- Bill Williamson, ESPN Staff Writer
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Back when Fabian Vasquez and his brothers would put on the gloves and box in a makeshift ring in their backyard, their wild dreams were never about the gridiron.
The members of a proud Mexican-American family from south of Dallas were scrappy and small and naturally gravitated toward boxing, as their father, Louis -- an amateur fighter -- had. They hoped someone from the athletic family might one day hoist a world championship belt. The thought of the Lombardi Trophy seemed almost too foolish to even consider.
After all, Fabian was 5-foot-5, and his brothers were smaller men as well. Then Fabian had a son, and before long it was clear he wouldn't be another Oscar De La Hoya or Julio Cesar Chavez.
Think Anthony Munoz.
"I have no idea how this happened," Fabian Vasquez said with shock in his voice. "I'm 5-foot-5, my ex-wife is 5-foot-3, and we had a son who is 6-foot-6, 325 pounds -- I never thought I'd be the father of an NFL player."
San Diego Chargers guard Louis Vasquez, named after his boxing grandfather, is a rarity in many ways. He's not just a giant among his family ("You should see our family get-togethers," he said. "I stick out like a sore thumb."). He's also a rarity among Hispanics.
Despite the continued growth of the Mexican-American population in the United States, there are only a handful of Mexican-American players in the NFL. But Vasquez is doing his people proud.
Since the April day the Chargers drafted Vasquez in the third round from Texas Tech, San Diego has had major plans for Vasquez. He has not disappointed. Despite transitioning from the spread offense the Red Raiders used, Vasquez has excelled with San Diego. He is the team's only rookie starter. (Vasquez sat out last week's game with a knee injury, and his status for this week is still in question.)
"We're just overwhelmed by this," Fabian Vasquez said. "It's just so overwhelming for so many reasons."
Vasquez's presence on the Chargers' roster has been met with great excitement in the community. In some San Diego-area towns, the Hispanic population is as high as 60 percent. The Mexican border is just a short trolley ride from Qualcomm Stadium, Vasquez's new place of work.
"The Spanish-speaking community is so excited about Louis' arrival in San Diego and the fact that he is a starter for the Chargers," said Jorge Villanueva, the play-by-play announcer on the Chargers' Spanish-language radio broadcast. "There are many, many Spanish-speaking Chargers fans in Southern California, and they are all excited to have Louis Vasquez here. Everywhere I go, people ask me about him."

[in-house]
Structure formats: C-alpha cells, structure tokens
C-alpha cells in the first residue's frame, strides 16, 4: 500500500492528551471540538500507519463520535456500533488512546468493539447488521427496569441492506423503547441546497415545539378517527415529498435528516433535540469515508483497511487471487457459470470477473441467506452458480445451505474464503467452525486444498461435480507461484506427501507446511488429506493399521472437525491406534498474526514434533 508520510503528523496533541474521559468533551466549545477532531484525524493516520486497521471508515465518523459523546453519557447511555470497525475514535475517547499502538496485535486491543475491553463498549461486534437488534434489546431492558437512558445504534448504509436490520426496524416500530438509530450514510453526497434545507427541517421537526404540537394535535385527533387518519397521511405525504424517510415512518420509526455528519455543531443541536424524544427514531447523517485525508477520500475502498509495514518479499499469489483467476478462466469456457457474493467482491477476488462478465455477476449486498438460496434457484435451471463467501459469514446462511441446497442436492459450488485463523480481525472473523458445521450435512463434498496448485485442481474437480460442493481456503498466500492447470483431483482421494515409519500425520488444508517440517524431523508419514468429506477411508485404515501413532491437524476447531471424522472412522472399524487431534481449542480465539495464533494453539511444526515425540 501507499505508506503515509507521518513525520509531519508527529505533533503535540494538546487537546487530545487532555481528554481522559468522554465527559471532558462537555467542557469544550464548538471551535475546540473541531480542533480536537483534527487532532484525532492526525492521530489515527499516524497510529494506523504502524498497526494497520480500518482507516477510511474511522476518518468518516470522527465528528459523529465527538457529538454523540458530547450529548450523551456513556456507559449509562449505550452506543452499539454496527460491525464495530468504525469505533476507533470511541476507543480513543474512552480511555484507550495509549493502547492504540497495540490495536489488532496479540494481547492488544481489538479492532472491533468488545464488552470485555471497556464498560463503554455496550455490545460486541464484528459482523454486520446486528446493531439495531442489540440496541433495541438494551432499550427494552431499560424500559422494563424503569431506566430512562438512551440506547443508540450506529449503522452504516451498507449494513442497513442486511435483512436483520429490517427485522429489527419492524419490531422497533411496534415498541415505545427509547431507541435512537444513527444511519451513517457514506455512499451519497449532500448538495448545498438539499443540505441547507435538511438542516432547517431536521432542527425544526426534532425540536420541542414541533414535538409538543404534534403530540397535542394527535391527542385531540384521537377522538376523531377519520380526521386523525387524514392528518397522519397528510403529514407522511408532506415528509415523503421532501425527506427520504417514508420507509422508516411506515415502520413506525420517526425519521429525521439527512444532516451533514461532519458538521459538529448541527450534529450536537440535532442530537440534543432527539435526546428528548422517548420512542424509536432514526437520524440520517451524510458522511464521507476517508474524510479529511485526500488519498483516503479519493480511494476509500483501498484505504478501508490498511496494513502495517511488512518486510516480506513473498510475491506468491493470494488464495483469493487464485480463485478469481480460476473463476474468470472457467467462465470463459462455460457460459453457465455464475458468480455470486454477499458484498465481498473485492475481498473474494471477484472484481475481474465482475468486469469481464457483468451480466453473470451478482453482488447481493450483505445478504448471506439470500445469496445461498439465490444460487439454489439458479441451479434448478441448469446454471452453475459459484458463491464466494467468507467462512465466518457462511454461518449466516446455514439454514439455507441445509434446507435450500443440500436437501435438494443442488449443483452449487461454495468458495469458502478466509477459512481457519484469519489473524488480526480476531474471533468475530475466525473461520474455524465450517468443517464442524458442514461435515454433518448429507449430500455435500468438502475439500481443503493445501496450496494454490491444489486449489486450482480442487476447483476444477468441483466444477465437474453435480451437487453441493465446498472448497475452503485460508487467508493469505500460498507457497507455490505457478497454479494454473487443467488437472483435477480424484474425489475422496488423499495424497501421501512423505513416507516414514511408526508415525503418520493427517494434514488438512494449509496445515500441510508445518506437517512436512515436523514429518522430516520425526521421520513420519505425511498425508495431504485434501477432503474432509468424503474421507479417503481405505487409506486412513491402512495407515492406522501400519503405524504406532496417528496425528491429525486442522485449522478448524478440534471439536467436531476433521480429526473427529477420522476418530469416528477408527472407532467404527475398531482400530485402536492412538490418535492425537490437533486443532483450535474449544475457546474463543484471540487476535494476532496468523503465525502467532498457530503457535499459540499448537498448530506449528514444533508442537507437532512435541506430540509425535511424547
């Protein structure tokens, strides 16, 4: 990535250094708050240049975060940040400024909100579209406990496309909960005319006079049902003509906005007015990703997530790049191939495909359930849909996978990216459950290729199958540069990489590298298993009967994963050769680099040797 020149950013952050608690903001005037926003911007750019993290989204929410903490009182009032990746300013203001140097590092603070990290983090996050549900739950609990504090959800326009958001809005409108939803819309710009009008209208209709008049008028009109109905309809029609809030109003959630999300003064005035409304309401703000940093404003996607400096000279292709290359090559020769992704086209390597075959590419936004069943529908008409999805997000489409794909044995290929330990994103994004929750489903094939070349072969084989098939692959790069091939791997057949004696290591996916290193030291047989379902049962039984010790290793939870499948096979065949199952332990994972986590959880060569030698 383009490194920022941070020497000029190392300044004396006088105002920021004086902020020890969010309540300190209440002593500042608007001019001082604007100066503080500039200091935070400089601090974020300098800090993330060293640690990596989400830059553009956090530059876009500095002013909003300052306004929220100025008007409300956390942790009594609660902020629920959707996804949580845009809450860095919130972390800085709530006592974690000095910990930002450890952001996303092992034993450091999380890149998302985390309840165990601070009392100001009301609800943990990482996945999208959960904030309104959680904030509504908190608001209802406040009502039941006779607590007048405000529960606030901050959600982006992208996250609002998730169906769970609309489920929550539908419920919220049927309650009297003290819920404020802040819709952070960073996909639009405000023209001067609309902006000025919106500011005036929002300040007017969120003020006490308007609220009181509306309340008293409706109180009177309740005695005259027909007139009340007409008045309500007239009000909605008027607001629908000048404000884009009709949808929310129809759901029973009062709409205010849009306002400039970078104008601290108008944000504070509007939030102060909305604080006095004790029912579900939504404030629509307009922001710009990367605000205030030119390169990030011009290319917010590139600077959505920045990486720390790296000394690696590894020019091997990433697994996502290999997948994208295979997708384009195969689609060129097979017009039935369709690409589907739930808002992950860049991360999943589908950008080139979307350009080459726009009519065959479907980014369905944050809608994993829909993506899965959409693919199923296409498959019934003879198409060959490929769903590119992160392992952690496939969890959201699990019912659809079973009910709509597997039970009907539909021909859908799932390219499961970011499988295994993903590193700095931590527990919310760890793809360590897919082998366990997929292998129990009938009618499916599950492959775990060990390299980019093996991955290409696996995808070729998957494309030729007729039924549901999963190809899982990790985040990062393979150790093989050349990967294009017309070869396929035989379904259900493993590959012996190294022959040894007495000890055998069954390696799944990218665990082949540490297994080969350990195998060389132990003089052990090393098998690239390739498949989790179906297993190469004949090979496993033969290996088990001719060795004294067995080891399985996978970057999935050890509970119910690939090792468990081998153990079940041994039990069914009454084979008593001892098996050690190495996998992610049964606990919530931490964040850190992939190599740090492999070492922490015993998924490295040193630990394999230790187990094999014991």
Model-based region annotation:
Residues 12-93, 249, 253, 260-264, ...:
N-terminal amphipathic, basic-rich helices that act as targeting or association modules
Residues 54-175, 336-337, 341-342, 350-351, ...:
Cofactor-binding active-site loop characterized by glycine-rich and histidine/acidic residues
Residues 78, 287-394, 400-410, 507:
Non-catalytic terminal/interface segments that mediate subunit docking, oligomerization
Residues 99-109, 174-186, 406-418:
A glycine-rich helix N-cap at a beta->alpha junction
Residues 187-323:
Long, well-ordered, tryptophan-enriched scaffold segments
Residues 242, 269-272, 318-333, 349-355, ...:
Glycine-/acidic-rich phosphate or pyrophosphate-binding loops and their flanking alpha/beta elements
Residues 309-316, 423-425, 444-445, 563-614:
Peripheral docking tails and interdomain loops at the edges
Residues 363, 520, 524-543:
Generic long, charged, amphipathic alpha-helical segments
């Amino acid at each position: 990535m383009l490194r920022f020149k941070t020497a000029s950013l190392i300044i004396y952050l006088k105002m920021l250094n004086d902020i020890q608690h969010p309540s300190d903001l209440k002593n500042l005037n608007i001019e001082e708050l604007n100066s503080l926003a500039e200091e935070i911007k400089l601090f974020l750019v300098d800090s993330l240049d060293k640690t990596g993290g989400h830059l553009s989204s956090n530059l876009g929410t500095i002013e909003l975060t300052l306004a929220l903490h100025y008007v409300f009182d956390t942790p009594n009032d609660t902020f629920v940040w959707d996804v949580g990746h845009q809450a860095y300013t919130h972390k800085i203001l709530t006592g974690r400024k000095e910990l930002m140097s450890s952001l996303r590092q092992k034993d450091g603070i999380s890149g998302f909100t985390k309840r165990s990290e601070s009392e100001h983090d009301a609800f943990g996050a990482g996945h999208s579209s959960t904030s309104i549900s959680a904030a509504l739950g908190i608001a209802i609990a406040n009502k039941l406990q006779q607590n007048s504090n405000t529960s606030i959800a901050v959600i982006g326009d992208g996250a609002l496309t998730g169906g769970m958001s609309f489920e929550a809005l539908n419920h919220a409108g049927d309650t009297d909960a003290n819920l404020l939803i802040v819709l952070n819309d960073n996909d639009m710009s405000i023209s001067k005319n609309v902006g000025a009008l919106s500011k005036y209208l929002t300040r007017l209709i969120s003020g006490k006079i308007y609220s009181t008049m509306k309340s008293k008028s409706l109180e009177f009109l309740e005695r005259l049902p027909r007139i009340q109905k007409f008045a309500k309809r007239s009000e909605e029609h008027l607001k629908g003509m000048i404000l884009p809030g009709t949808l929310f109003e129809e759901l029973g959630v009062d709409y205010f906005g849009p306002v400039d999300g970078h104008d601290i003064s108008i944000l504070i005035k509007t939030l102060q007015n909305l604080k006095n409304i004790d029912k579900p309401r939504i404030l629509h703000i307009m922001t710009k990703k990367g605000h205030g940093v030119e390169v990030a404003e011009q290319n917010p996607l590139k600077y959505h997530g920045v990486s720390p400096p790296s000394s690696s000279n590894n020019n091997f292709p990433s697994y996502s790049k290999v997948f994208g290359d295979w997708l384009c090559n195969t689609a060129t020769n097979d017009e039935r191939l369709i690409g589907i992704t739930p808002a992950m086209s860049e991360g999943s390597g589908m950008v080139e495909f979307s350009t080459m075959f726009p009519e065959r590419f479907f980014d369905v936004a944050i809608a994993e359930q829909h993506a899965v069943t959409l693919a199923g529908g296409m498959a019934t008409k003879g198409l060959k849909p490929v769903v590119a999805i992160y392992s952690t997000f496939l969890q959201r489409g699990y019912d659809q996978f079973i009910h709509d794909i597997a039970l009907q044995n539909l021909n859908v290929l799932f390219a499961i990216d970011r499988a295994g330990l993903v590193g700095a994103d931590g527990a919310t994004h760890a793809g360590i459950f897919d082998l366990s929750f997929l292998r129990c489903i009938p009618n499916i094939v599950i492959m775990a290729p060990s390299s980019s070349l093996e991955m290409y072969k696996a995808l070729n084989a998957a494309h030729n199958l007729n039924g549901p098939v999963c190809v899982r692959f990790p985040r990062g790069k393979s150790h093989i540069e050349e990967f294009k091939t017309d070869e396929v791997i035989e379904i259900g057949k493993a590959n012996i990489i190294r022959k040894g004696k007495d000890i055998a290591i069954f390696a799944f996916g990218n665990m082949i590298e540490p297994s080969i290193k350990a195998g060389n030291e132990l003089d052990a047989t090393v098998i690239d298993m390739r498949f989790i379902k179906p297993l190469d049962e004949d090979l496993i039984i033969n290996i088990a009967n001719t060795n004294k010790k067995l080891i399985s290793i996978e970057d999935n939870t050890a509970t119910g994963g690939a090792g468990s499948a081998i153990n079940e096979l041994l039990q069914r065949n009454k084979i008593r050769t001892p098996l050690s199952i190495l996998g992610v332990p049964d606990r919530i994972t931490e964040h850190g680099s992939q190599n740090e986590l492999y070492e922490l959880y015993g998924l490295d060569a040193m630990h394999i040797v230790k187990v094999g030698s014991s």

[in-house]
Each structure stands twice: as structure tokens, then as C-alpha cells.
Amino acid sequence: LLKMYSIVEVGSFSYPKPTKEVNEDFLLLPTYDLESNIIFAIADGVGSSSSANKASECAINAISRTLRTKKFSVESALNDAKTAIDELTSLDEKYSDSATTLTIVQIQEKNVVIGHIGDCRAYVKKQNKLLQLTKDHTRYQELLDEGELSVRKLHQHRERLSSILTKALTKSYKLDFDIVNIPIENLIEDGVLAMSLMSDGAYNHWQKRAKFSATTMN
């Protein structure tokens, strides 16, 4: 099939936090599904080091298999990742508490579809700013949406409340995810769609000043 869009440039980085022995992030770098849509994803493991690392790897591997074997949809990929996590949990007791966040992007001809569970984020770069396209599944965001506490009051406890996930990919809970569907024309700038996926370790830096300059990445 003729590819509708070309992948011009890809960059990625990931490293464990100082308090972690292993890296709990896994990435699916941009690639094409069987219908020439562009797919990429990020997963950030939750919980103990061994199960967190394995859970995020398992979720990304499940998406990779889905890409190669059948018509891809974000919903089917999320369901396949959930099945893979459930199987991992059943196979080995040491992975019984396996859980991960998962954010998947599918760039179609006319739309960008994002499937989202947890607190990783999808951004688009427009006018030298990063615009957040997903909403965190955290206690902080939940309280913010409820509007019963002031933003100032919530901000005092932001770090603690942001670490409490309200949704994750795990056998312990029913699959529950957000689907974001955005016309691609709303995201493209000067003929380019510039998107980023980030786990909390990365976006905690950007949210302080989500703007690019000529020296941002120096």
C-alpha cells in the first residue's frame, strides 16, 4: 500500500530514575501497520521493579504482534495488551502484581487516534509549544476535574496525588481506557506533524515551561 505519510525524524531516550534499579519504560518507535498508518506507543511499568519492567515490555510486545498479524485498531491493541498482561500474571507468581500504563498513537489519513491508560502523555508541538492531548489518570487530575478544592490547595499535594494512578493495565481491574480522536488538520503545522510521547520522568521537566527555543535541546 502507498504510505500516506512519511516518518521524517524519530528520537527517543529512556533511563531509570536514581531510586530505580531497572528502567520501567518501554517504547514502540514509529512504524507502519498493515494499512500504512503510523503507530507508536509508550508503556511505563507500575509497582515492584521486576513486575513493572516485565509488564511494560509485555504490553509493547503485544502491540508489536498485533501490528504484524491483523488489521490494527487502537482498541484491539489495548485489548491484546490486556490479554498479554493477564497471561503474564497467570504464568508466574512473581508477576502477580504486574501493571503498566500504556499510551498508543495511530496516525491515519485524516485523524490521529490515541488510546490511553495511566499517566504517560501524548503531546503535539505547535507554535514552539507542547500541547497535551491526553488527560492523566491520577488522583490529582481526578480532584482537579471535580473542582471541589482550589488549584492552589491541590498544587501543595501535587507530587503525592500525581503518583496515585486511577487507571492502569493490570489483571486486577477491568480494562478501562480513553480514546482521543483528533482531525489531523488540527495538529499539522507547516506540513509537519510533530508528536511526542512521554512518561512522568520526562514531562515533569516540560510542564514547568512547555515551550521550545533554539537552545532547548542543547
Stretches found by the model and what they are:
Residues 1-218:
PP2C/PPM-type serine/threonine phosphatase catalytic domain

Really, it's the perfect fit, and Vasquez -- who grew up in Corsicana, Texas (45 miles south of Dallas) -- knows it. If he had to leave Texas, San Diego was his best option.
"I have a comfort level here," Vasquez said. "It's nice to be around lot of other Mexican people. The fans have been great. In pregame warm-ups, I always hear people calling my name and saying how proud they are of me."
Chargers defensive tackle Luis Castillo knew Vasquez would be an instant hit in Southern California. Castillo is of Dominican descent and went to high school in New Jersey. Still, Castillo was embraced by the Hispanic community in San Diego.
"My rookie year, there were so many No. 93 jerseys in the stands just because of my last name," Castillo said. "I was basically adopted by the Mexican fans here. They are special people here, and Louis is going to have a great relationship with them for the next several years. He is going to be a great player here for a long time, and the people of San Diego are going to love him."
Vasquez said Castillo has mentored him since he arrived, and he admits it is nice to have a fellow Latino in the locker room. While at Texas Tech, he played two years with fellow Mexican-American Manny Ramirez, now a backup in Detroit. The two remain close.
"Manny and now Luis make me feel less of an outcast," Vasquez said. "I don't mean that in a bad way. Nobody has treated me badly, but it can be weird being the only Mexican guy around."
Vasquez said his high school team was about one-third Mexican-American. But he realized early on that if he continued to play in college and the NFL, he'd play with fewer Mexican-Americans.
Vasquez, who said people often ask him whether he has another race's blood in him because of his enormous size, hopes to be a role model for Mexican children who may aspire to playing in the NFL. Vasquez had Munoz, a Hall of Fame tackle for the Cincinnati Bengals, to emulate. He hopes to set a similar example for Mexican kids of this generation.
"The problem is, there aren't many Mexican people this size," Vasquez said. "So, maybe we'll see some skill-position kids play in the future."
In the meantime, Vasquez is proud to be one of the few Mexican-American players in the league. He recently began getting Aztec-themed tattoos on his right arm and plans to decorate his chest with more soon. He has his last name tattooed on the top of his back.
"This means a lot to my family," Vasquez said. "No one ever expected this could happen."
Bill Williamson covers the NFL for ESPN.com.
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